The Bat Segundo Show: Mimi Pond

“The Bat Segundo Show: Mimi Pond” / Listen here: The Bat Segundo Show / Edward Champion / June 19, 2014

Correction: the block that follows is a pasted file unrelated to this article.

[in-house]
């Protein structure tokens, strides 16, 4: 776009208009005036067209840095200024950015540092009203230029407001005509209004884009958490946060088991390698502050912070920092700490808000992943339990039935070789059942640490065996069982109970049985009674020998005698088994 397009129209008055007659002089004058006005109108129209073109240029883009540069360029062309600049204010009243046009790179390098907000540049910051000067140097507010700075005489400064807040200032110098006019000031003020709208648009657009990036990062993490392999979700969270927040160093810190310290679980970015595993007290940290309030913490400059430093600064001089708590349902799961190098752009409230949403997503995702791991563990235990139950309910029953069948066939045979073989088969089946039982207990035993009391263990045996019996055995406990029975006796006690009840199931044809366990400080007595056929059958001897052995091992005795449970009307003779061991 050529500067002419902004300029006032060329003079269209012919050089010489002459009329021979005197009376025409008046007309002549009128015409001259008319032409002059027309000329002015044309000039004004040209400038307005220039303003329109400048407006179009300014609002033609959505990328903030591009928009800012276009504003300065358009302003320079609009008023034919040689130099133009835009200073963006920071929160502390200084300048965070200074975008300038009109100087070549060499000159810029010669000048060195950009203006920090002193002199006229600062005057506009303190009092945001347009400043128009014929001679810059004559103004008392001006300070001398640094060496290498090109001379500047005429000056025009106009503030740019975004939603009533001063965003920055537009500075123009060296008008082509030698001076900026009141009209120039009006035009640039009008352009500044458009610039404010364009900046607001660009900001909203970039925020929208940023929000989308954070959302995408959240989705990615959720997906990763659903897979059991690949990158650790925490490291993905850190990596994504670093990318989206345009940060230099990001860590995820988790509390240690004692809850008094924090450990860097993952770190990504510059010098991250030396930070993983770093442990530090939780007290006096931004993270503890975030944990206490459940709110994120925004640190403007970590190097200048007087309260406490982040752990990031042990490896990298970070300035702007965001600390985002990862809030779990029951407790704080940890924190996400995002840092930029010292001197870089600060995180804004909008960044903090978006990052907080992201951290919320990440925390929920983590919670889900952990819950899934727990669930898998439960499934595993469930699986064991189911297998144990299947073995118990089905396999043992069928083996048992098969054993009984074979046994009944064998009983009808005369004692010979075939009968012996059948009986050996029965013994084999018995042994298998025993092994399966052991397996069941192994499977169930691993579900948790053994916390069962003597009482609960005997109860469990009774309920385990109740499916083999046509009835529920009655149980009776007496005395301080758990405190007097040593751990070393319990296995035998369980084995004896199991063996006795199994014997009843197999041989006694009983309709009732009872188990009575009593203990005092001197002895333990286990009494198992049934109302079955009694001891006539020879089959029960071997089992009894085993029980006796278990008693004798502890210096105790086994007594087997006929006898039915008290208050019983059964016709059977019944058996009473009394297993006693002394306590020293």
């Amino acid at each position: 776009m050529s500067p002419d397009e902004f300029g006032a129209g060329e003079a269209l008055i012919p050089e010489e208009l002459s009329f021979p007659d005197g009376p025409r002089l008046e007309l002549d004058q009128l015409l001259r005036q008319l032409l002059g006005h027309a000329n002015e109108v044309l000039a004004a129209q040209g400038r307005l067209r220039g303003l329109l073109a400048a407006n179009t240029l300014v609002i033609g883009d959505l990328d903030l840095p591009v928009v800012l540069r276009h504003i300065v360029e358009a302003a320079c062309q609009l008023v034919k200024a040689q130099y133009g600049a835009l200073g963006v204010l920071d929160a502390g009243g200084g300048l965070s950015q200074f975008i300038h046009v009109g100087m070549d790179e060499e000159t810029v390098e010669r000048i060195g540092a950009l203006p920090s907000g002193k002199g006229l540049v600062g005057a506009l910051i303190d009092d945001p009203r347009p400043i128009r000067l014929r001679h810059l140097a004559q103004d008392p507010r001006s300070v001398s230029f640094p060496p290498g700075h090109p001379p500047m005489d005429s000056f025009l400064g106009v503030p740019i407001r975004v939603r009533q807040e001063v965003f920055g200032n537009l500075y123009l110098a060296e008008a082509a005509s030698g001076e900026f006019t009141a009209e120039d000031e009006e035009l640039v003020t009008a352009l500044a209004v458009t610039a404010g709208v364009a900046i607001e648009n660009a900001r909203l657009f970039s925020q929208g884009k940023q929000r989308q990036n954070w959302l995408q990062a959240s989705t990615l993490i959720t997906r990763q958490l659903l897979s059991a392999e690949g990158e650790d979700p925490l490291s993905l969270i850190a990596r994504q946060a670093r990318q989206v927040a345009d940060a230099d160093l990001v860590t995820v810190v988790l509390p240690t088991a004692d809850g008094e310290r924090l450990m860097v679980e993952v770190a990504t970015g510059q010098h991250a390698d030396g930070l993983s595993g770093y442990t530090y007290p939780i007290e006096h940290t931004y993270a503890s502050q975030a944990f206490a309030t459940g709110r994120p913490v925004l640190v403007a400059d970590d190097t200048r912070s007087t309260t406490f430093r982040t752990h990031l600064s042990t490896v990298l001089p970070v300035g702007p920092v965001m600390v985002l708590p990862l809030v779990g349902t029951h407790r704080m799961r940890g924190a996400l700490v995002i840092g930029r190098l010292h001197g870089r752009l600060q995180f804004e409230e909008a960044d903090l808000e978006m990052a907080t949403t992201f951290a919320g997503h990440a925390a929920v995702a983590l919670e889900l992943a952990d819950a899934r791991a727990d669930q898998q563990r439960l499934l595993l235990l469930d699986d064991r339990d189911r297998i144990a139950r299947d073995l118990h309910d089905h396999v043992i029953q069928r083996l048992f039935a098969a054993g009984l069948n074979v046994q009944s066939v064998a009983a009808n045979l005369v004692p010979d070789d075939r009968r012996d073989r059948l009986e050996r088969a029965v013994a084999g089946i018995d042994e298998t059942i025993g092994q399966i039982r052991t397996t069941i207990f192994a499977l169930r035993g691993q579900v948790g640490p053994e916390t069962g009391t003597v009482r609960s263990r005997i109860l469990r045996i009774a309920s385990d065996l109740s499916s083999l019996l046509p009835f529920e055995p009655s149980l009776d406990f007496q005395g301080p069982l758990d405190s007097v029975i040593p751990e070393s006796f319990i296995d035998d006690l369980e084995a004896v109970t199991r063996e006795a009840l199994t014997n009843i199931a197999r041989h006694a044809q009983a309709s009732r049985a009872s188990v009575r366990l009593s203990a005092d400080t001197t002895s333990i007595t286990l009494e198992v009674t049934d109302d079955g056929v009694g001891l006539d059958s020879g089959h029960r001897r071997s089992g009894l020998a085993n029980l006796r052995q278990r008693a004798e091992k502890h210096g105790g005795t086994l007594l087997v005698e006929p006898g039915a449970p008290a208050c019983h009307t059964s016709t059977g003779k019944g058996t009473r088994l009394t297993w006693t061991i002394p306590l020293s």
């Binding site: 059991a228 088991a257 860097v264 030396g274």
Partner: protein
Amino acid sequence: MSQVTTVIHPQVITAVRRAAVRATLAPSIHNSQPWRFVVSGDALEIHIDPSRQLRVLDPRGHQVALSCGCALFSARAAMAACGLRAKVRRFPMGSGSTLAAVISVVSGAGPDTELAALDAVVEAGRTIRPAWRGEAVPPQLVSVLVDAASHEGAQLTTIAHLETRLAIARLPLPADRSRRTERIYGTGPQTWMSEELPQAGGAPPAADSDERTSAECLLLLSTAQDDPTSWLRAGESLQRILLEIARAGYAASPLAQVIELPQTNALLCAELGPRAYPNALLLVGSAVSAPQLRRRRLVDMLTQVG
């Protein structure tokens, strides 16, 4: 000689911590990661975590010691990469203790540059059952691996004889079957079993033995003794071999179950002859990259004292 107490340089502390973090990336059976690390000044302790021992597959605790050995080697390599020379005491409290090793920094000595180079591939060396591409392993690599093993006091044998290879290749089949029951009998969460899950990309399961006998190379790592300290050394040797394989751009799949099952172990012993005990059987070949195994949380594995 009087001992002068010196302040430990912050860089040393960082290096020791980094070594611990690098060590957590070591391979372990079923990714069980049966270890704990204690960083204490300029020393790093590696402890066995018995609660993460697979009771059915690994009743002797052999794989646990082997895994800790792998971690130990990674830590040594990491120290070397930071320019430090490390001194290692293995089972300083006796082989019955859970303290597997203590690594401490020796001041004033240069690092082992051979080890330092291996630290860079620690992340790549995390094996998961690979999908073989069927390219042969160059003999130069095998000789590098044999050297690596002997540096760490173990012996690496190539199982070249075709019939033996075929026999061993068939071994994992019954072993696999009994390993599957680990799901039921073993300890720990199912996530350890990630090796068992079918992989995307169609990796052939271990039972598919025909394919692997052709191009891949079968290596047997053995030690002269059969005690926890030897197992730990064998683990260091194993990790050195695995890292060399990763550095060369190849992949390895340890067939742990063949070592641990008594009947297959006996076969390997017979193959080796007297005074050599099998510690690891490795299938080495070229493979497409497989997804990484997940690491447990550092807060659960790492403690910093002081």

Different forms of memoir (and related resistance by publishing), James Frey, autobiographical fiction vs. memoir in comics, realizing Over Easy from a manuscript, working from a textual framework, trash-talking line cooks, Charles Dickens, Daniel Clowes, comic book characters often cast into inevitable film adaptations, imagination, picture books, Mama’s Royal Cafe as a locational inspiration, memory vs. reference shots, the difficulty of filling up sketch books while waiting tables, the mysterious Nestor Marzipan, keeping in touch with former restaurant co-workers, keeping gossip alive, taking notes, when memories elude the nostalgia trap, what 1978 establishments can teach 21st century diners, drugs and the willful stupidity of kids, disco wars, how a rudderless culture was maintained by a manager who made waitresses feel special by listening, what people found charming about diners in 1978, Stewart O’Nan’s Last Night at the Lobster, Todd Haynes’s miniseries adaptation of Mildred Pierce, dramatizing working-class life, how dishwaters can form more legitimate claques than art school, the haziness of art school, the green chromatic feel throughout Over Easy, the one character with a jet black character in the book, the cameo appearance of Flipper‘s Ted Falconi, “Art is dead!” proclamations, maintaining aesthetic standards during a time of bad music and bad art, the oppressive nature of avocado green, young kids today who glorify the 1970s, Peter Frampton, the band America, the influence of Alison Bechdel’s Fun Home, people who overanalyze comics, the early seeds of storytelling, being nursed at the bosom of MAD Magazine, working with Shary Flenniken at the National Lampoon, learning the basics of a comic strip, circular text around objects, cartoonists and the daily grind, doing monthly strips for the Voice, social commentary in comics form, drowning babies, editorial arguments with Drawn and Quarterly, politically incorrect language excised from the finished product, ironic epithets from 1970s liberals, the importance of getting upset to understand a time, Norman Mailer’s “fug,” living in a high mesa in San Diego comparable to the unshaded area of a picnic table, public park metaphors for living circumstances, the New York Times‘s claim that Oakland is the new Brooklyn, being attracted to bad poets before knowing their poetry is bad, the lack of good coffee in the 1970s, diners that once used real linen napkins, the virtues of not being judged for sleeping with anyone in 1978, and slut shaming and Lulu.